My daughter, age 10, was diagnosed with Type I diabetes at the age of 18 months. Since that time she has relied on insulin injections to keep her alive.
About three years ago we finally convinced her to start using an insulin pump. The pump is really an amazing piece of technology; it allows an extremely flexible lifestyle – critical for kids. When my daughter was on injections we had to keep her to a very regimented diet and schedule. With the pump she can eat what she wants, when she wants (or not as the case may be). You will just need to take my word for it when I say that this was a life-changing decision for us.
One of the most annoying things about all of this was my insurance doesn’t cover the pump. Neither the upfront cost nor the monthly supplies that we need to keep it operational. So I had to shell out about $1500 on the pump and almost $100 per week on supplies which doesn’t even include the insulin.
We just went to a diabetes event this evening and there is a new model of pump out and it is a huge upgrade. The pump that my daughter currently uses is about the size of a pager and has a tube that connects to her abdomen and constantly supplies her body with insulin. The new pump is wireless, it separates the control unit from her site. If you don’t have kids, trust me when I tell you that getting rid of that tubing is a huge deal. It also allows her to vary the location of her injection sites which will cut down on the scarring that she will invariably get by sticking a needle in her abdomen every couple of days.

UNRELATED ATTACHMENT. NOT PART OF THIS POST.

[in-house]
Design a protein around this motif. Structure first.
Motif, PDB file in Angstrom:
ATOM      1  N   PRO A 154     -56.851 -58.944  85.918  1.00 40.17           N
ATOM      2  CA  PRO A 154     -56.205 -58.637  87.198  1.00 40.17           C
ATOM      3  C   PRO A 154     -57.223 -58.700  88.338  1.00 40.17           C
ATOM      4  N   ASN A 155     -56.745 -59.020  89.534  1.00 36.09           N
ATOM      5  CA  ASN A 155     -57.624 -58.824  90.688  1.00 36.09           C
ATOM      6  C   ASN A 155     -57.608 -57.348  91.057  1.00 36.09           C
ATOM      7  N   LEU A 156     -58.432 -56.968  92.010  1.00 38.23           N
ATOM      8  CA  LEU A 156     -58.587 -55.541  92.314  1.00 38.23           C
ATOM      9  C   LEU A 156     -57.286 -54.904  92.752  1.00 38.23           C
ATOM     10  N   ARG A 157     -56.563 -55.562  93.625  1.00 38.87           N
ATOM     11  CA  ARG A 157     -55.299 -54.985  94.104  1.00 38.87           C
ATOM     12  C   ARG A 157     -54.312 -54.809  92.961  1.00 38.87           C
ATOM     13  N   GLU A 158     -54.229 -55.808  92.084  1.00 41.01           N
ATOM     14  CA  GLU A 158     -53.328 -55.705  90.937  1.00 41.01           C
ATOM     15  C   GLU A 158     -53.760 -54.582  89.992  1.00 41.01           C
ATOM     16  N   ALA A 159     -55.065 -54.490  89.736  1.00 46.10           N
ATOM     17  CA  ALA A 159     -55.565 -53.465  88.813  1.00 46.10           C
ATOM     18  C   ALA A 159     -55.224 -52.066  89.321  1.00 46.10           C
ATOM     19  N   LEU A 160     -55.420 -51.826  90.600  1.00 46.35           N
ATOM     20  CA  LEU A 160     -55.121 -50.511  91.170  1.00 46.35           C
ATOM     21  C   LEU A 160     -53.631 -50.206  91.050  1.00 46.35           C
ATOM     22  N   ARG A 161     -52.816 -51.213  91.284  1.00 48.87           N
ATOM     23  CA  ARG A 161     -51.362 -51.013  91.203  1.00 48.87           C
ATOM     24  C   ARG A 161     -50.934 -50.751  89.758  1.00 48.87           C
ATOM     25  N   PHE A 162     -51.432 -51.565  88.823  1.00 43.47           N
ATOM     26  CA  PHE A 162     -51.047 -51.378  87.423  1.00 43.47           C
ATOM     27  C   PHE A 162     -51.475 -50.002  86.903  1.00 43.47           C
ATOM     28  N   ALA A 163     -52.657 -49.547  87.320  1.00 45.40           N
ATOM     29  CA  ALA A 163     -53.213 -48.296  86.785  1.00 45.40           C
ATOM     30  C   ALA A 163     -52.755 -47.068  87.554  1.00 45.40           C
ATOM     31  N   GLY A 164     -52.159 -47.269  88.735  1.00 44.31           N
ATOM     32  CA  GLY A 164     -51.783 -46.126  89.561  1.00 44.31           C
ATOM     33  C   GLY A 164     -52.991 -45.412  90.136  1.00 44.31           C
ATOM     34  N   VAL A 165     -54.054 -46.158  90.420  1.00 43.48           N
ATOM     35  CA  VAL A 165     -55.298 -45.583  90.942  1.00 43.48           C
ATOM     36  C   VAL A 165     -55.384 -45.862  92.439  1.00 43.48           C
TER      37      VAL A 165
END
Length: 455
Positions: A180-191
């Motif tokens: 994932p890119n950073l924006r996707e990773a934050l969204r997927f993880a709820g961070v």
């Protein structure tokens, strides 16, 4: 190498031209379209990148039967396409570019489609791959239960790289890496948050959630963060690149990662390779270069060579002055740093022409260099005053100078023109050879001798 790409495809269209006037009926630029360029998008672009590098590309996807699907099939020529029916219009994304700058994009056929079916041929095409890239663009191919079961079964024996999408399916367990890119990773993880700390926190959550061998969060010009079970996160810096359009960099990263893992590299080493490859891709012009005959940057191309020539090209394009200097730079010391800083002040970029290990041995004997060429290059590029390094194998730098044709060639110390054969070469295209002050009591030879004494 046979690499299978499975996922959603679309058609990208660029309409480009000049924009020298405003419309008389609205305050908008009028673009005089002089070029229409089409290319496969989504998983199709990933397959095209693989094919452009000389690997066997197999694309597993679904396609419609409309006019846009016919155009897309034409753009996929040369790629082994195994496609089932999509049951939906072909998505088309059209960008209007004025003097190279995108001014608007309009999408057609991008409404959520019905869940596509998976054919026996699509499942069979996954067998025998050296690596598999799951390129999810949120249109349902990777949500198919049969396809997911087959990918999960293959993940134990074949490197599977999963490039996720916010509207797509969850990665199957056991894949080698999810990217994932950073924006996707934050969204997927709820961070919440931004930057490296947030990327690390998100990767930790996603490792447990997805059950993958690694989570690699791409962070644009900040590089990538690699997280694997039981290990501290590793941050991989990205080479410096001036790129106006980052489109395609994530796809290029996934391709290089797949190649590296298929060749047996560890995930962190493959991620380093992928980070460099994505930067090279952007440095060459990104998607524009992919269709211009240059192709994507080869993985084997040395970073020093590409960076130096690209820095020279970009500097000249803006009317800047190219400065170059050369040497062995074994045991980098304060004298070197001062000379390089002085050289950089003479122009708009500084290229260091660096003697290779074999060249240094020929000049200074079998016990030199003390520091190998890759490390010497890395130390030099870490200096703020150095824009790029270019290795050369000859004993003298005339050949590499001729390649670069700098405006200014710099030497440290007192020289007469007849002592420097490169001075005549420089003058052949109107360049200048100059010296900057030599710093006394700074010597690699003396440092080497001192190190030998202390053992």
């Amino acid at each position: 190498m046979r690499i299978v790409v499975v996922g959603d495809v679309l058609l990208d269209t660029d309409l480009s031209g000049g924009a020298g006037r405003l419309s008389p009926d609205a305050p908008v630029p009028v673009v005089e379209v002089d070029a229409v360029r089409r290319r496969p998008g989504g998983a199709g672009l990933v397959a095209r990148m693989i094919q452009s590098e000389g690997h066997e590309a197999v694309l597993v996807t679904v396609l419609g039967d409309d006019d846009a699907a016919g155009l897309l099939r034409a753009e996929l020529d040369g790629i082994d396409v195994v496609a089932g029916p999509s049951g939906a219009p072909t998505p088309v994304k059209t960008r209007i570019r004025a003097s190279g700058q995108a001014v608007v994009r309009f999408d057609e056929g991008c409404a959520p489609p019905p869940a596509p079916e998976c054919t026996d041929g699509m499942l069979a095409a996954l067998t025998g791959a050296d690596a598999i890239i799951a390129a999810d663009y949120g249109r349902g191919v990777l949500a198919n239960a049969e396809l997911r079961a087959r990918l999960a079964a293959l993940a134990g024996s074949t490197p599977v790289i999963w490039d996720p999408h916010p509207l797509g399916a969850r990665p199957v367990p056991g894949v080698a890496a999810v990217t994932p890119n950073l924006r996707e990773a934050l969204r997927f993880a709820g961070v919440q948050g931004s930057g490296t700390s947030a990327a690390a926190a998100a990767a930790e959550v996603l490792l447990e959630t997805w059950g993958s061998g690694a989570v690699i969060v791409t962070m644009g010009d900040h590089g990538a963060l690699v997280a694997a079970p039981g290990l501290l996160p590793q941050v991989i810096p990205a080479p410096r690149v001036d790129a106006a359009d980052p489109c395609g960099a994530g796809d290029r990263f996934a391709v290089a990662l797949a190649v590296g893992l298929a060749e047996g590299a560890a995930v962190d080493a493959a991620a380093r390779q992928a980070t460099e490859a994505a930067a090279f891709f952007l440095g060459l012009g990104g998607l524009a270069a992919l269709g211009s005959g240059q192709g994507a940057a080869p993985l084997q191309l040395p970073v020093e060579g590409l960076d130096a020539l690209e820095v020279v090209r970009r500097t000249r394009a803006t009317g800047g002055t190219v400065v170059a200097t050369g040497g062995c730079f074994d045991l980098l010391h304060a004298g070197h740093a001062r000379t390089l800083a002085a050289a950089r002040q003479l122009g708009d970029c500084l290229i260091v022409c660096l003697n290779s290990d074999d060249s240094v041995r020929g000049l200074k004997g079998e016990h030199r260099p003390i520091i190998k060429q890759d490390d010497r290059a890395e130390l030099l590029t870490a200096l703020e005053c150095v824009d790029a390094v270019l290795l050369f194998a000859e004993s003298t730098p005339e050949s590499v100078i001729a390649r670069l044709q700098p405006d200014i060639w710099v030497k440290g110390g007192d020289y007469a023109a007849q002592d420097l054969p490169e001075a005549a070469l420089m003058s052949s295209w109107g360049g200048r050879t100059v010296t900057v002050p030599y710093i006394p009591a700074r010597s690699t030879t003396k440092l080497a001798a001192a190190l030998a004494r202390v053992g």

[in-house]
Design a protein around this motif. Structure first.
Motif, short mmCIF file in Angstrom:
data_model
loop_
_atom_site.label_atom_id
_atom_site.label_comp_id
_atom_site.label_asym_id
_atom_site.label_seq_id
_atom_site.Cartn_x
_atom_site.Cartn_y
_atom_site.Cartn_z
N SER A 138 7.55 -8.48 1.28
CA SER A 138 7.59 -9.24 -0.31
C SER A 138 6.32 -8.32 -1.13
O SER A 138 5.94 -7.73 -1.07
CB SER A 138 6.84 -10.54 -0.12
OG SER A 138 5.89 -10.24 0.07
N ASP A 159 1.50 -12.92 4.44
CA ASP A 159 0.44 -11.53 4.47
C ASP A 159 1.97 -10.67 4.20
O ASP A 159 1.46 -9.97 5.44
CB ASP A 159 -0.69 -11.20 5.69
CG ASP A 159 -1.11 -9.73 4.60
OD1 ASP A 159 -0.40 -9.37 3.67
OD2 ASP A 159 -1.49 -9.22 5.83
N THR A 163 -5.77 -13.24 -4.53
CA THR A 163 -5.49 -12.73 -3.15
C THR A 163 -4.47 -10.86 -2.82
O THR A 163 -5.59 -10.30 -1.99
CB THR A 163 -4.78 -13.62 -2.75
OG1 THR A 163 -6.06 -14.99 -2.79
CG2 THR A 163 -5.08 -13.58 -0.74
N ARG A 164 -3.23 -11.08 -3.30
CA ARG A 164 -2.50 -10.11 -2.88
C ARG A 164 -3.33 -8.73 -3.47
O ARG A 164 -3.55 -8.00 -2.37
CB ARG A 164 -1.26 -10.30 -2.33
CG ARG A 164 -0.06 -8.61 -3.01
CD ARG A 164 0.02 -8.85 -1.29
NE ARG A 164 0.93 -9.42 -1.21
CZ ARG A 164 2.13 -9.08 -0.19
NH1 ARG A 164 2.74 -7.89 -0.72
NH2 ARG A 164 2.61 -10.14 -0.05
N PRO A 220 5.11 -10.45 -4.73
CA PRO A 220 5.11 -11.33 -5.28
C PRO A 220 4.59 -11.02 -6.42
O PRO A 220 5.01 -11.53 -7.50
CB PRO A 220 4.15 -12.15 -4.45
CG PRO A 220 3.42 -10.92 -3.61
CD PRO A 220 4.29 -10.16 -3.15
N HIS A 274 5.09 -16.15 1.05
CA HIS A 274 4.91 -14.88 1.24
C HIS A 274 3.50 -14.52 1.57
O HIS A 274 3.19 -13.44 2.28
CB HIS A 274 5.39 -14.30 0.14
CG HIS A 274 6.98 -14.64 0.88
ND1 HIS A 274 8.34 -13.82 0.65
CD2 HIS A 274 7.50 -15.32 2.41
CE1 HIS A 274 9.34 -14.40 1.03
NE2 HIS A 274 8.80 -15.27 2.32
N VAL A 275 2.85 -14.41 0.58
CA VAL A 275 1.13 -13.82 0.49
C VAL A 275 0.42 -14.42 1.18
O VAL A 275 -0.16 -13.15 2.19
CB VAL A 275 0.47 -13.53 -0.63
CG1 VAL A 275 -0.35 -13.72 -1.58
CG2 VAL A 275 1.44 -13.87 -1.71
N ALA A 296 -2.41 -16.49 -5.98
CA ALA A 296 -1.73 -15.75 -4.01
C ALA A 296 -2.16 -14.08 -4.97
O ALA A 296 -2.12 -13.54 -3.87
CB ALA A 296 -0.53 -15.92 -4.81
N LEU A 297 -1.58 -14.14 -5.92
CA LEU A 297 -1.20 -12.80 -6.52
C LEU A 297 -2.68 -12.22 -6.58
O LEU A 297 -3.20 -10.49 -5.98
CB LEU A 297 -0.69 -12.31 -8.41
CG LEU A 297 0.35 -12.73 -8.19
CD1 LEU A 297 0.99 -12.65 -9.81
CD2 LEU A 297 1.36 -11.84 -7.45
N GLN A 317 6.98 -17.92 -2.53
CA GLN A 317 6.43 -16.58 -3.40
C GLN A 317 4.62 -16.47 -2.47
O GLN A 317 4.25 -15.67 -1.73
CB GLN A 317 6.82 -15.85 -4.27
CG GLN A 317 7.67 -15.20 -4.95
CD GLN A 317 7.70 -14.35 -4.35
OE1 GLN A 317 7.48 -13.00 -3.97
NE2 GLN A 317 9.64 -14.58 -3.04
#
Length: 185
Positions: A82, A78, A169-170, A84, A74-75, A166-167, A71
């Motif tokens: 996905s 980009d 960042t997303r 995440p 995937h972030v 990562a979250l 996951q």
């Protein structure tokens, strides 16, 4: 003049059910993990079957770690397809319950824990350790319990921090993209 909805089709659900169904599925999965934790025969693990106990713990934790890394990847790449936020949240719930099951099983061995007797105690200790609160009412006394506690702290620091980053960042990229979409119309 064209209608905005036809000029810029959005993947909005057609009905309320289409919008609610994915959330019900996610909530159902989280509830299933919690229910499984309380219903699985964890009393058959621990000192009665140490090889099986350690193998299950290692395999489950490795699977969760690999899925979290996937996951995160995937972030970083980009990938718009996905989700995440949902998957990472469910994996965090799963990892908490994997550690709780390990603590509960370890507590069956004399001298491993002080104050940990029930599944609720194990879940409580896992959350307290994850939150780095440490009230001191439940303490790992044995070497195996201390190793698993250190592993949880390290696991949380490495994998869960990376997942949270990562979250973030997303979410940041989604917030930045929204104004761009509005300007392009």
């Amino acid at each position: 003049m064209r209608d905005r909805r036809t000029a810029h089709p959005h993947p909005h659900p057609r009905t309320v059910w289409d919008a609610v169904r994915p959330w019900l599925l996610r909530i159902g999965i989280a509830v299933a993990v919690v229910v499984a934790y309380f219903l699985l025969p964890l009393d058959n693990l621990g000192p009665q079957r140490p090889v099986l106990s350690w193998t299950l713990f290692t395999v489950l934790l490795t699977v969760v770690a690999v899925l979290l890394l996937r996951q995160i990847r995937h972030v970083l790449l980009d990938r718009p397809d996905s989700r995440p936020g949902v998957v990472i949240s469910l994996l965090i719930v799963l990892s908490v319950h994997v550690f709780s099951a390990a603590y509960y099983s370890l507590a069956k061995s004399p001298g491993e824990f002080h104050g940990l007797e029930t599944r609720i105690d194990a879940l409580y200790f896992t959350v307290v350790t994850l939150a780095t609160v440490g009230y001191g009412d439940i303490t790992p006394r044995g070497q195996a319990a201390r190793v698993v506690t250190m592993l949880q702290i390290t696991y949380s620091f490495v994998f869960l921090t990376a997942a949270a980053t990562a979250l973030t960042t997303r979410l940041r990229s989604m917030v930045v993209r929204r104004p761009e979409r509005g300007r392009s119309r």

Now the popular narrative would tell you that we are pretty much screwed. We need this technology to keep my daughter alive. The supplies are a tie-in with the pump – once we have made that large initial purchase we are stuck buying them from the original manufacturer since they have a monopoly. I’m certainly too dumb to make these decisions on my own so I’m stuck doing whatever my doctor tell me to do.
So you would expect this advance technology to cost a lot more right? Say $2000 up front? Nope. Oh, then it must be at least $2500. Sorry, try $800. Well then they must get you on the consumables! Missed again – they only run about $75 per week.
The truth is there are several manufacturers of insulin pumps, and even though you only buy a new pump every five years or so, they compete aggressively trying to earn the business of this pretty small market. And the customer service that they provide is outstanding. This pump is literally a matter of life and death – so if we have a problem with it we can call them at any time (and this is true of all the manufacturers) and they will overnight a new pump, at no cost, wherever we happen to be.
So to recap, we are using medical technology that is imperative for the health and well being of my daughter. Someone that I would pay any amount of money for to make her healthy. We are tied in to buying a monopoly product on a weekly basis. These are all of the conditions that the left tries to convince us make healthcare so different that markets can’t possibly work. Yet at the same time, the technology is advancing forward rapidly and getting cheaper!
This is the same set of circumstances that we see in Lasik eye surgery which they write off because eye site isn’t nearly as important as life, right? Well, what is the excuse this time? Why is my daughter’s health so different that makes this so different than the rest of the health system? Because markets clearly shouldn’t be working.
But the truth is markets do work, if you would just let them.